As Jacob tries to build his equity, Laban changes their agreement time after time. After 20 years, the Almighty tells Jacob the time has come to return to the land of Canaan. Jacob and his household secretly leave only to be pursued by Laban who has claims to put forth. The story ends with peace and blessings between Jacob and Laban.

 

Dvar Torah
based on Growth Through Torah by Rabbi Zelig Pliskin

The Torah states, "And Jacob worked for Rachel for seven years; and it was in his eyes as a few days in his love for her" (Genesis 29:20). When someone loves another, even a short time apart can seem like an eternity. How is it possible that the time appeared to be a short time for Jacob?

In his classic commentary, the Malbim gives two answers:

  1. Jacob loved Rachel so much that he thought she was worth working for many more than seven years. Therefore, to work only seven years for such a wonderful person was really a bargain.

  2. Jacob's love for Rachel was not simple passion. When a person feels deep passion, a day can seem like a year. Jacob loved her because of her good qualities that would make her worthy of being the mother of the future Jewish people. A person whose love is based on passion really loves himself and not the object of his love. When a person loves the good in another, he truly loves the other person and not himself. (The Torah tells us Jacob's focus was "in his love for her.") Therefore, the time seemed short because it was not a selfish love.

The Alschich gives another approach: The seven years seemed like a few days in Jacob's eyes AFTER he was married to Rachel. (This is the order of the words and events in the Torah.) His love and his happiness overshadowed and all but erased the pain of the seven years of work.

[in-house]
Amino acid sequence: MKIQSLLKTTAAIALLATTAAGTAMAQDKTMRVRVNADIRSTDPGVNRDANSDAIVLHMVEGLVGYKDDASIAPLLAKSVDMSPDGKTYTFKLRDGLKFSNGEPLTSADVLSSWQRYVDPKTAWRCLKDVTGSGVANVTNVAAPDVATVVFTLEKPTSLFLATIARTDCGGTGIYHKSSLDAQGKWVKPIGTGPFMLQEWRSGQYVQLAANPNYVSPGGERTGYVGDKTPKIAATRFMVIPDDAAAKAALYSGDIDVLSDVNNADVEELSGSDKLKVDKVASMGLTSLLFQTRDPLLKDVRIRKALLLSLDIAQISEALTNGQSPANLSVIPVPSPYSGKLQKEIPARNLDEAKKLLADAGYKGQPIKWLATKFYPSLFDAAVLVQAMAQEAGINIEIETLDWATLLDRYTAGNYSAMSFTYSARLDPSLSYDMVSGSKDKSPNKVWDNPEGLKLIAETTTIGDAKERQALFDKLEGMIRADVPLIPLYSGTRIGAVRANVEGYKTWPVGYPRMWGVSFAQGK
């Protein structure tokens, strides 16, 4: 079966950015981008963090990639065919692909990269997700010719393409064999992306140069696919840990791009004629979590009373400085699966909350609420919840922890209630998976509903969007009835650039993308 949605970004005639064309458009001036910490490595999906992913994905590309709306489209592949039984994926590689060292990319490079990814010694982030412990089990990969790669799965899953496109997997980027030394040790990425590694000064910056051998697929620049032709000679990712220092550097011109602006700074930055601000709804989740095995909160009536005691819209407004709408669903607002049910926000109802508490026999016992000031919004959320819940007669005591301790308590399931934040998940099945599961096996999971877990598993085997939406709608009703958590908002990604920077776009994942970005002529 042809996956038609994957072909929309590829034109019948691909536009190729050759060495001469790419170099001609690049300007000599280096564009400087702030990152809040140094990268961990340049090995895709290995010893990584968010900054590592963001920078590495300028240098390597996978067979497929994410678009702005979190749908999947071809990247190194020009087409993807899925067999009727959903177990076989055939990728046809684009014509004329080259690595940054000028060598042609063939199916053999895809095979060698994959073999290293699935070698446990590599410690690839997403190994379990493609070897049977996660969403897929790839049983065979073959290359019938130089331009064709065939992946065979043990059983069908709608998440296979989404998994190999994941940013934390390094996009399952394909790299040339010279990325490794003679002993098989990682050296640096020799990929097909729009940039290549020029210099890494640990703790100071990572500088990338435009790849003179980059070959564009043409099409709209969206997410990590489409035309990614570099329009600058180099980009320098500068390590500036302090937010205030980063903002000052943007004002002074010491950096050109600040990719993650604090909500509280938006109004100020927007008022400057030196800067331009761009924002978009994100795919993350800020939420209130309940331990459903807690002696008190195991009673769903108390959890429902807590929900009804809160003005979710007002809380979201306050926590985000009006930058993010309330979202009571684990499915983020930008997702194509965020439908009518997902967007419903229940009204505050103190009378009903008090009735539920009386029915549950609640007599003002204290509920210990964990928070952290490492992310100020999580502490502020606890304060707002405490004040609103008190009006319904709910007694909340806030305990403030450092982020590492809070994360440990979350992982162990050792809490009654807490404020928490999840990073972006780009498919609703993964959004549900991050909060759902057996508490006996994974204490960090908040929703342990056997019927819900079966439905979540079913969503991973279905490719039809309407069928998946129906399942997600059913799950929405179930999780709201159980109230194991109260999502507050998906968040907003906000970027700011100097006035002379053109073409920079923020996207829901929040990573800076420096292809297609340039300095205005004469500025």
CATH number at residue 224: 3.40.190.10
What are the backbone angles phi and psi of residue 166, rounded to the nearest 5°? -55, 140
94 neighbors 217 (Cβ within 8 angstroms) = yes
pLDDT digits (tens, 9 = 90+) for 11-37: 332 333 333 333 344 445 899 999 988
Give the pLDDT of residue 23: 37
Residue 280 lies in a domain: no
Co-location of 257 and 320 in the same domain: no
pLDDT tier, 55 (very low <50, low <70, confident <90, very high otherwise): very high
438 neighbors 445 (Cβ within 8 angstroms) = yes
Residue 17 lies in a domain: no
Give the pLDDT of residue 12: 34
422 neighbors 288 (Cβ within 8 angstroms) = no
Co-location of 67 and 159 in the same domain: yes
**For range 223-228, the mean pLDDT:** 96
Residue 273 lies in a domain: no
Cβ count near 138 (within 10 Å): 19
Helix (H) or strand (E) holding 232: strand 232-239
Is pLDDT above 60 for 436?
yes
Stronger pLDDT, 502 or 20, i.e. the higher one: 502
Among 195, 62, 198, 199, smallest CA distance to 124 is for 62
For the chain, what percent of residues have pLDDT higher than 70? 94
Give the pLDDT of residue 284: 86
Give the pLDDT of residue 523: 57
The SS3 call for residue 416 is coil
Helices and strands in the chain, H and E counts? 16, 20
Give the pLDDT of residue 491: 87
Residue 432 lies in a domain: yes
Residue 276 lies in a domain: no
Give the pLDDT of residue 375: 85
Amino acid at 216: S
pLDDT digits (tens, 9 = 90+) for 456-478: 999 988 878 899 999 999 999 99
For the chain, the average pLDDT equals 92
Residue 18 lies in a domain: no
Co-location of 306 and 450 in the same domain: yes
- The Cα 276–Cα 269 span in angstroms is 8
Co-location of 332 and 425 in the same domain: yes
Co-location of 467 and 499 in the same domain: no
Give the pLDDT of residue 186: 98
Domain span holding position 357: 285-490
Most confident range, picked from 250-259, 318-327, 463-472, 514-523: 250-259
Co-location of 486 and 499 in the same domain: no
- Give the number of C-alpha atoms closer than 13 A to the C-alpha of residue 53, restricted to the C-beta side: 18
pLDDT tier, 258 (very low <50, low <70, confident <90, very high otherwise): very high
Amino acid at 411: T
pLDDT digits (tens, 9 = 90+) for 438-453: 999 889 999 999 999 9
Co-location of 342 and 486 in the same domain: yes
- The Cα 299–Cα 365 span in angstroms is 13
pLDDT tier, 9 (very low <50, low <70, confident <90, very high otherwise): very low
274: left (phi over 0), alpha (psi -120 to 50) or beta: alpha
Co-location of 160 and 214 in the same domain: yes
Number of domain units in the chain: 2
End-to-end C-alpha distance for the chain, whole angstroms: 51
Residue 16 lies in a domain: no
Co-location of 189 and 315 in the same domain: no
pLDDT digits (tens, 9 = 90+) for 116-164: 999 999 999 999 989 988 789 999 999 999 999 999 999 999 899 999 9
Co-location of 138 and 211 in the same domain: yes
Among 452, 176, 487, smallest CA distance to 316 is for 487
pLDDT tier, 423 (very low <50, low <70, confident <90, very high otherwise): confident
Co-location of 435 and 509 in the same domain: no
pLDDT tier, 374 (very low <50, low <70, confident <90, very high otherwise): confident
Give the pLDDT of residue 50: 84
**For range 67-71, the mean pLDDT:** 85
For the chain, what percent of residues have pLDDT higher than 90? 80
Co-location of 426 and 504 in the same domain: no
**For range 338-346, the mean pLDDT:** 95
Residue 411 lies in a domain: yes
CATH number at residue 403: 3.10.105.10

Our lessons: Clarify whether it's a burning heart or heartburn -- are you in love or are you infatuated? Secondly, if you have a difficult situation -- like difficulty in finding a spouse -- know that your trials and tribulations will seem insignificant in light of your happiness. Therefore, don't suffer so much now; rather anticipate your future joy.



CANDLE LIGHTING - December 8:

Jerusalem  3:59
Guatemala 5:15  Hong Kong 5:24  Honolulu 5:31
J'Burg 6:35  London 3:34  Los Angeles 4:26
Melbourne 8:14  Miami 5:12  Moscow 3:40
New York 4:11  Singapore 6:40



QUOTE OF THE WEEK:

Enough love is just a bit more
than anyone ever gets.



Dedicated by...

In Loving Memory of
Mr. Laurie Berman
He fought a heroic battle
He inspired us all

Published: December 3, 2000

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Visitor Comments: 1

(1) Jacqui Chalom, December 8, 2000 12:00 AM

True Love supasses all other negative emotions/flaws

We have been married for 29 BLESSED years for which I thank G-d each moment.
To quote you, "if you find a faultless partner - RUN" Not after 29 years!!!
Perhaps my husband does have faults, but the success of a good marriage - I do not see those faults, for our love, respect and devotion for one another, minimises those faults into 'acceptance' of the person for whom they are and not whom you would like them to be. We do not see faults in each other - we only see a wonderful life filled with perfect Blessings. Surely this should override any feelings of disagreement. We look at each other and thank, Firstly the Almighty and then each other, for the beautiful children we are blessed with. Is this not more important than trivialities that we as humans term 'faults?' OUR DEFINITION OF LOVE: FOCUS ON THE POSITIVE ISSUES OF LIFE.
In other words: "keep your eye upon the doughnut and not upon the hole!"
You only find fault if you are looking for it, conversely, you only find love if you focus on it.
Thank you for your wonderful insight always!